Covering the Front and Back Pages of the Newspaper
August 04, 2000
BASEBALL: Grading the Deadline Deals (AL)
Originally posted on the Boston Sports Guy website
The trading deadline is past; Peter Gammons can take a breath again, although from appearances heís still exhaling pent-up rumors. What emerges are a few common themes:
1. Almost every deal that was made was to fill teamsí weak spots with acceptable contributors, rather than to upgrade from contributing players to stars. The order of the day was the Mike Bordicks and B.J. Surhoffs of the world, not the Sammy Sosas and Albert Belles.
2. The contenders mostly held on to their top prospects; nobody sold the crown jewel of their farm system. Most teams, whether their farm system is loaded with talent or just trickling players, have 2 or 3 prospects who are critical to the organizationís future. Nearly none of those prospects were moved, unless you count Ed Yarnall.
3. The players who were dealt by the contenders were mostly high-risk players rather than sure contributors: guys with talent whose stock had fallen sharply. The guys they got in return were mostly low-risk players who are likely to keep doing what they were doing for a few more months.
Letís look at the deals that were done over the past two months and try to grade the teams (hey, if I didnít run a column like this they would yank my amateur sportswriterís license); Iíll take on the AL this week and get to the NL races later, unless something more interesting intervenes.
Dealing Sexson looks bad, given his monstrous power and youth and the Indiansí history of dealing big young sluggers (Giles, Burnitz, Casey) for mediocre pitchers. Sexson is not productive at this point, given his dismal on-base percentages in 1999 and 2000, but at age 25 it seems hasty for them to give up on his ability to learn the strike zone. The guys who came in return are useful but unimpressive; Iíd hate to rely on Jason Bere, and the talented Mr. Woodard has been awful this year.
The fascination with Wil Cordero, to the point of trading two good young players for him, paying his 3-year $9 million contract and possibly demoting Branyan to play him everyday, is utterly inexplicable. Cordero has a reputation as a good bat because he had some pop for a shortstop, but he hasnít played there in five years. As a corner outfielder he's woefully inadequate, combining mediocre power with minimal speed and an inability to get on base. Ordinarily you would assume he must be one heck of a nice guy to get so many undeserved chances, but he is basically unrepentant about beating his wife.
Peter Gammons called him an ďexperienced situational hitter,Ē which is baseball-speak for a guy who doesnít hit real well on the whole. You take the ďsituationalĒ hitters and I will take the guys who are just good hitters like Manny Ramirez (last yearís Divisional Series or not), and we will see who wins more games. More to the point, if a guy is a ďsituationalĒ hitter, why play him everyday? Why not just save him to pinch hit in the ďsituationsĒ where he will supposedly excel, rather than polluting the lineup with outs in meaningless situations (like the first six innings of a tie game, for example).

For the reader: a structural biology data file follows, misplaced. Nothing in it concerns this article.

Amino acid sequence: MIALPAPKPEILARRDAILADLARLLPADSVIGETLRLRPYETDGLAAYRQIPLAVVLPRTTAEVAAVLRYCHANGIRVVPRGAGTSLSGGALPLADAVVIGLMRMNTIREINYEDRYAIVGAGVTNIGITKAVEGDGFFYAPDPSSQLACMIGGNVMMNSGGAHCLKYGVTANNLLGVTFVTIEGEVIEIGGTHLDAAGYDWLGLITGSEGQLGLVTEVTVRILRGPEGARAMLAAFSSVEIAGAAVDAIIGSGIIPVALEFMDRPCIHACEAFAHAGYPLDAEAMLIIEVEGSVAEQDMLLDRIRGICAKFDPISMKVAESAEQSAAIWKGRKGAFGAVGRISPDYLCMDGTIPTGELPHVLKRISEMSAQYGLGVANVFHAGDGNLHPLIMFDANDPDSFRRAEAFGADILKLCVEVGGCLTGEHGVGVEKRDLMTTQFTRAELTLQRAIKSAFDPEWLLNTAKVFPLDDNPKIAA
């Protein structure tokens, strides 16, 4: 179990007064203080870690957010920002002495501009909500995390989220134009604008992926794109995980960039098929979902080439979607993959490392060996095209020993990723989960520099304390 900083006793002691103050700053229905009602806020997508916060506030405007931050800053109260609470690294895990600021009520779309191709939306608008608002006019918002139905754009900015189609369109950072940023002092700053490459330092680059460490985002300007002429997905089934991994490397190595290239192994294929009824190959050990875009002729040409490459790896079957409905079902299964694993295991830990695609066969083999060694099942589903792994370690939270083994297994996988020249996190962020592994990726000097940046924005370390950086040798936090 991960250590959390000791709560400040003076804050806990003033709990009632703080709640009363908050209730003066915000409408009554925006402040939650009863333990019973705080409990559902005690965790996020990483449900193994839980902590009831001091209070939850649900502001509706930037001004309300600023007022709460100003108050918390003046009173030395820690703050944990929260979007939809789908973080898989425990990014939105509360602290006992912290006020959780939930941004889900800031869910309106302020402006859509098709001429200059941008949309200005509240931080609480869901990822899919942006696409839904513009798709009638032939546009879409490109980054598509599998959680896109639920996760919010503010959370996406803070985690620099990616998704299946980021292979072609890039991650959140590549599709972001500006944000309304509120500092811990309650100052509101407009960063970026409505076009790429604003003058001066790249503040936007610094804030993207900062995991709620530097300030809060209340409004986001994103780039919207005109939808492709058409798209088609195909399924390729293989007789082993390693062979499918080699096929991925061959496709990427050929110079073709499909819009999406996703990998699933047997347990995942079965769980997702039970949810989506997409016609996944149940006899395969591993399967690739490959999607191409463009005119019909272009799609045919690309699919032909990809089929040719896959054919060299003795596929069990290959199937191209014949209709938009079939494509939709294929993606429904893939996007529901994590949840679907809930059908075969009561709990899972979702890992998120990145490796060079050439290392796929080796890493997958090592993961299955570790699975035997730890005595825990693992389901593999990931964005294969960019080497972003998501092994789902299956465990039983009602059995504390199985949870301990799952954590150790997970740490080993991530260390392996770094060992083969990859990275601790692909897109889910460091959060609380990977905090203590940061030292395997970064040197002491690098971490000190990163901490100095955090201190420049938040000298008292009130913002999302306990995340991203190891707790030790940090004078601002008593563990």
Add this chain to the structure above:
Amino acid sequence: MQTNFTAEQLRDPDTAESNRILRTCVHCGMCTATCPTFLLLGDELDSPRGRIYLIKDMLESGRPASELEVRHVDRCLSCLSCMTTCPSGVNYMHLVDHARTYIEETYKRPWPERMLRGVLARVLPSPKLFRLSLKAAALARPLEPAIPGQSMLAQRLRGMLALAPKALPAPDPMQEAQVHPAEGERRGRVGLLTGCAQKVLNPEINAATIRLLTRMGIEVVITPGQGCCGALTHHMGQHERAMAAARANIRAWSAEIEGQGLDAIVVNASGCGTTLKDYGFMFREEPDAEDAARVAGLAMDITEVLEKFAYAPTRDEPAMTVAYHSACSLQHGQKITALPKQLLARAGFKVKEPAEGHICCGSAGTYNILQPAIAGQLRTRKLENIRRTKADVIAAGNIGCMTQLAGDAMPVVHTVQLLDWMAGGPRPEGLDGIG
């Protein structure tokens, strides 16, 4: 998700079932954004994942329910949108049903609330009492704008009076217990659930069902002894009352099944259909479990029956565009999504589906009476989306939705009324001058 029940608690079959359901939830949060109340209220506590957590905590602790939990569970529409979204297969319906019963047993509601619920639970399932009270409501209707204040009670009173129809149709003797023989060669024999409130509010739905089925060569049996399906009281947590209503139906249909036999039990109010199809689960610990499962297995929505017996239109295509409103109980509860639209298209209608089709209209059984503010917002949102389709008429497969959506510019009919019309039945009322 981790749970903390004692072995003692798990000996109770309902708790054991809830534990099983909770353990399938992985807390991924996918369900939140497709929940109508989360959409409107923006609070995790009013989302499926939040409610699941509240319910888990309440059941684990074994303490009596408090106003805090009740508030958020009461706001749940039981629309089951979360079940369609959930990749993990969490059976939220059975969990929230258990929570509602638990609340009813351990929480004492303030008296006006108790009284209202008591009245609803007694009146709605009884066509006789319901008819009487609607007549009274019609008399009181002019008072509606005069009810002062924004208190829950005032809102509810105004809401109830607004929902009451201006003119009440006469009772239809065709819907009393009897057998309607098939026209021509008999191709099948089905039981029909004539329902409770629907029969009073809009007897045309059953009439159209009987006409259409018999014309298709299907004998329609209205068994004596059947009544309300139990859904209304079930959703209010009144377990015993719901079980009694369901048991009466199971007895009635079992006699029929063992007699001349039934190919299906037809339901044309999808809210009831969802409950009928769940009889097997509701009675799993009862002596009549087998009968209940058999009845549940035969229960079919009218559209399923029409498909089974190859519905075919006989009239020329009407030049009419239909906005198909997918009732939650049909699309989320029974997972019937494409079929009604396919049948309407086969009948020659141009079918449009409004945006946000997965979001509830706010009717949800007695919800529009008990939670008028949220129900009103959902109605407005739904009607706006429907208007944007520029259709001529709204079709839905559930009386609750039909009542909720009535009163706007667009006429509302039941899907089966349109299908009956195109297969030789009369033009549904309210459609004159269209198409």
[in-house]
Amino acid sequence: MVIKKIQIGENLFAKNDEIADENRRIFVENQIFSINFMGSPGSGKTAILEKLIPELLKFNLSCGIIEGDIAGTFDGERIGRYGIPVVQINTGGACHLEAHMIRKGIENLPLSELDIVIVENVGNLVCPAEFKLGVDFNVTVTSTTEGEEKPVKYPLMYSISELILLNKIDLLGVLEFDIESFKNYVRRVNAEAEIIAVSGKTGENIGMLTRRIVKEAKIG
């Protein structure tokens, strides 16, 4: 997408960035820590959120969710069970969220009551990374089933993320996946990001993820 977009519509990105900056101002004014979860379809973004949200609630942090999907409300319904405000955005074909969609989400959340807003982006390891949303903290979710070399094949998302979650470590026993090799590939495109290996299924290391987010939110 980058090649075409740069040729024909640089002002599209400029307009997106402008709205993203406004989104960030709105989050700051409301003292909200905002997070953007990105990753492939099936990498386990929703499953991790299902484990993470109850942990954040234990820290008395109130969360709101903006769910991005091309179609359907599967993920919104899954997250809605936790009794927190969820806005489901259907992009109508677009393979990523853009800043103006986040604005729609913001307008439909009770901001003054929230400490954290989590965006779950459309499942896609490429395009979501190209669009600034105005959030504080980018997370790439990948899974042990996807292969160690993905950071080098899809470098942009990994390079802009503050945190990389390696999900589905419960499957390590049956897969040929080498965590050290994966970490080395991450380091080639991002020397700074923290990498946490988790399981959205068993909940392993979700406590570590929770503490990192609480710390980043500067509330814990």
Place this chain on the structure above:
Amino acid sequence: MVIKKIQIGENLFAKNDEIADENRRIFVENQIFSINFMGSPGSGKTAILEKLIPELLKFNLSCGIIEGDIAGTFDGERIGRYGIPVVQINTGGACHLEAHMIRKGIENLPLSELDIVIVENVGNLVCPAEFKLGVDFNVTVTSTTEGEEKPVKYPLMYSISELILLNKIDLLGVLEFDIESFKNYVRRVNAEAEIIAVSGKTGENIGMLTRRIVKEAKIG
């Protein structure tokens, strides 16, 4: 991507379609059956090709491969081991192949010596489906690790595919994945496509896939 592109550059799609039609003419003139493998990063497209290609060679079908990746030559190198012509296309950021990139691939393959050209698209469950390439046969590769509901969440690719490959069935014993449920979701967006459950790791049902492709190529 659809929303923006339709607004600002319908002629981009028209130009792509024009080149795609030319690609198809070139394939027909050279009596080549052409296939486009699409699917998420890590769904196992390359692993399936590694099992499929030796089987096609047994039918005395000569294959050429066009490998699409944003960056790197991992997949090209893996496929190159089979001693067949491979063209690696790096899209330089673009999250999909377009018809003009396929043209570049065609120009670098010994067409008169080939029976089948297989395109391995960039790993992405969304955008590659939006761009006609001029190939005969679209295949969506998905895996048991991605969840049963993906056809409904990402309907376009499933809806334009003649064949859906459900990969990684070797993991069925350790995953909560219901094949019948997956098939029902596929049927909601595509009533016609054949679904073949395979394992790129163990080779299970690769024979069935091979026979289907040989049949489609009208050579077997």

WHITE SOX: A-
ROYALS, TWINS: B
In the short run, they needed bullpen help, and while Colome may turn out to be a steep price for the Larry Andersen-ish Jim Mecir, Mecir will take some heat off an overworked Jeff Tam. But the pen is still thin, the everyday rightfielder is still hitting .220 and Terrence Long is still leading off. I think the Aís are still a year away; judging from their nonchalance around the deadline, I suspect they do too.
Some Yankee fans were upset (in a ďHey, thereís a paint chip on my MercedesĒ kind of way) that they didnít bring home a superstar, and the Yanks do still have some legitimate holes, like the offensive cavities at first and third. But with the collective bargaining agreement coming up and the howls over revenue sharing only getting louder, George has to figure that loading up his team with Sammy Sosas and Juan Gonzalezes is only going to make the Philadelphias and Torontos of the world that much quicker to join Les Miserables de Montreal faction in ganging up on Mr. Big's cable money.
Unfortunately, they only got the housecleaning concept right; they forgot to get anyone in return. Luis Rivera (obtained in the Surhoff deal) is supposed to be a prospect, but I have yet to see anyone get a pitcher from the Braves and find the guy completely healthy (ask Jim Bowden how long it took to get Denny Neagle back in form). The guys the Mets gave up are mildly useful. At 28, Melvin Mora doesnít have long to learn the ropes, but for a team out of contention itís worth spending two months to see if Mora can learn to play shortstop. He hits well enough to play there but not to play center field regularly, and if he canít learn thereís every indication that Bordick will come back to Baltimore next year to fill in until permanent help arrives. Leslie Brea (the typical wild fireballer, walking six men per nine innings in AA ball) and Mike Kinkade (a guy who hits for average with a little power and plays several positions almost as well as Pedro Guerrero played them) could be helpful spare parts, but Brea isnít close to ready.
BLUE JAYS: B